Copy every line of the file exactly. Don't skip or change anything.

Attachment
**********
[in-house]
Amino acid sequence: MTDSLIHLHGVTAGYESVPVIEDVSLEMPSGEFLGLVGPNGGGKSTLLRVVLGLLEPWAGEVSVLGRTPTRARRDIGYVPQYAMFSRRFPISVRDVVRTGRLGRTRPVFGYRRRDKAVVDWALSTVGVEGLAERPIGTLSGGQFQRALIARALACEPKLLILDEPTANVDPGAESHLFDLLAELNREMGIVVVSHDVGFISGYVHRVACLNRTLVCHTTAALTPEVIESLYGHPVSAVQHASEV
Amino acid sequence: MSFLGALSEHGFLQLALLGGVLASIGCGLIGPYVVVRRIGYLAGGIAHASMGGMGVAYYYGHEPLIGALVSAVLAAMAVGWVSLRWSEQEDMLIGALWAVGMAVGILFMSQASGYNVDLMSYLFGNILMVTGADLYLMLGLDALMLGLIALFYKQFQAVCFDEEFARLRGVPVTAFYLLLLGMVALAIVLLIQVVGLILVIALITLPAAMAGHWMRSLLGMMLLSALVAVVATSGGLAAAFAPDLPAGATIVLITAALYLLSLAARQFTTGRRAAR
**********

[in-house]
Amino acid sequence: MTDSLIHLHGVTAGYESVPVIEDVSLEMPSGEFLGLVGPNGGGKSTLLRVVLGLLEPWAGEVSVLGRTPTRARRDIGYVPQYAMFSRRFPISVRDVVRTGRLGRTRPVFGYRRRDKAVVDWALSTVGVEGLAERPIGTLSGGQFQRALIARALACEPKLLILDEPTANVDPGAESHLFDLLAELNREMGIVVVSHDVGFISGYVHRVACLNRTLVCHTTAALTPEVIESLYGHPVSAVQHASEV
Amino acid sequence: MSFLGALSEHGFLQLALLGGVLASIGCGLIGPYVVVRRIGYLAGGIAHASMGGMGVAYYYGHEPLIGALVSAVLAAMAVGWVSLRWSEQEDMLIGALWAVGMAVGILFMSQASGYNVDLMSYLFGNILMVTGADLYLMLGLDALMLGLIALFYKQFQAVCFDEEFARLRGVPVTAFYLLLLGMVALAIVLLIQVVGLILVIALITLPAAMAGHWMRSLLGMMLLSALVAVVATSGGLAAAFAPDLPAGATIVLITAALYLLSLAARQFTTGRRAAR